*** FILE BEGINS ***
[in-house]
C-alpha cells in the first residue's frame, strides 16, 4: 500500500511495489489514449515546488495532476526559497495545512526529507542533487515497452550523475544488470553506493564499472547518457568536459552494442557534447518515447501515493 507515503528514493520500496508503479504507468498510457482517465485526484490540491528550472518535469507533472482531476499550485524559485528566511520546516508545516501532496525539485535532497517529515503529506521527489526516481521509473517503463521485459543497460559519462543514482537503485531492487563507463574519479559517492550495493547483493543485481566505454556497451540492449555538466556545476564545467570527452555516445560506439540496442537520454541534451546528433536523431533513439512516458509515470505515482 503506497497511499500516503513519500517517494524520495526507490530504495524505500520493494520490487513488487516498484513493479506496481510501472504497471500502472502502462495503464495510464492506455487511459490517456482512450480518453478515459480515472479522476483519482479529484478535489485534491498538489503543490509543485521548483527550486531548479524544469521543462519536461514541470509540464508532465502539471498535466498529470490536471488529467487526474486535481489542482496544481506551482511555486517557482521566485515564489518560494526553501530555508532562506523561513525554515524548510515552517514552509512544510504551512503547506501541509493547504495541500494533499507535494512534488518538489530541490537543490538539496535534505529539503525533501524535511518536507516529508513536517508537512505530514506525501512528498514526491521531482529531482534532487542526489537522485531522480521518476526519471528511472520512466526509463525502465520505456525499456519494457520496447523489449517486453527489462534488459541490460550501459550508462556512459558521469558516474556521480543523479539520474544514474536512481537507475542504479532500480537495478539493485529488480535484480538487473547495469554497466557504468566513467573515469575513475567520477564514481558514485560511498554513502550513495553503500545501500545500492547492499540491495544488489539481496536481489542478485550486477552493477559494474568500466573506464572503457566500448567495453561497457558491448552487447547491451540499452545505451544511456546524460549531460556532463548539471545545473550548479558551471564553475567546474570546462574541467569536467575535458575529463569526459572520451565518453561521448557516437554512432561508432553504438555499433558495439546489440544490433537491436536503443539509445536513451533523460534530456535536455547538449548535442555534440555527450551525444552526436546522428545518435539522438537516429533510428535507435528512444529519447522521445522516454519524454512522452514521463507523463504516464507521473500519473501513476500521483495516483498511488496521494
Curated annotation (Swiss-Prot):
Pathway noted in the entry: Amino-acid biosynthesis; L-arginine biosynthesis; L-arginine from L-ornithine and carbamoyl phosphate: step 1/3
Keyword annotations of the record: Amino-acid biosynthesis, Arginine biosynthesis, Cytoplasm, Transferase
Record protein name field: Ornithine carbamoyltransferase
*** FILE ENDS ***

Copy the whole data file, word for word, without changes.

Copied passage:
[in-house]
C-alpha cells in the first residue's frame, strides 16, 4: 500500500511495489489514449515546488495532476526559497495545512526529507542533487515497452550523475544488470553506493564499472547518457568536459552494442557534447518515447501515493 507515503528514493520500496508503479504507468498510457482517465485526484490540491528550472518535469507533472482531476499550485524559485528566511520546516508545516501532496525539485535532497517529515503529506521527489526516481521509473517503463521485459543497460559519462543514482537503485531492487563507463574519479559517492550495493547483493543485481566505454556497451540492449555538466556545476564545467570527452555516445560506439540496442537520454541534451546528433536523431533513439512516458509515470505515482 503506497497511499500516503513519500517517494524520495526507490530504495524505500520493494520490487513488487516498484513493479506496481510501472504497471500502472502502462495503464495510464492506455487511459490517456482512450480518453478515459480515472479522476483519482479529484478535489485534491498538489503543490509543485521548483527550486531548479524544469521543462519536461514541470509540464508532465502539471498535466498529470490536471488529467487526474486535481489542482496544481506551482511555486517557482521566485515564489518560494526553501530555508532562506523561513525554515524548510515552517514552509512544510504551512503547506501541509493547504495541500494533499507535494512534488518538489530541490537543490538539496535534505529539503525533501524535511518536507516529508513536517508537512505530514506525501512528498514526491521531482529531482534532487542526489537522485531522480521518476526519471528511472520512466526509463525502465520505456525499456519494457520496447523489449517486453527489462534488459541490460550501459550508462556512459558521469558516474556521480543523479539520474544514474536512481537507475542504479532500480537495478539493485529488480535484480538487473547495469554497466557504468566513467573515469575513475567520477564514481558514485560511498554513502550513495553503500545501500545500492547492499540491495544488489539481496536481489542478485550486477552493477559494474568500466573506464572503457566500448567495453561497457558491448552487447547491451540499452545505451544511456546524460549531460556532463548539471545545473550548479558551471564553475567546474570546462574541467569536467575535458575529463569526459572520451565518453561521448557516437554512432561508432553504438555499433558495439546489440544490433537491436536503443539509445536513451533523460534530456535536455547538449548535442555534440555527450551525444552526436546522428545518435539522438537516429533510428535507435528512444529519447522521445522516454519524454512522452514521463507523463504516464507521473500519473501513476500521483495516483498511488496521494
Curated annotation (Swiss-Prot):
Pathway noted in the entry: Amino-acid biosynthesis; L-arginine biosynthesis; L-arginine from L-ornithine and carbamoyl phosphate: step 1/3
Keyword annotations of the record: Amino-acid biosynthesis, Arginine biosynthesis, Cytoplasm, Transferase
Record protein name field: Ornithine carbamoyltransferase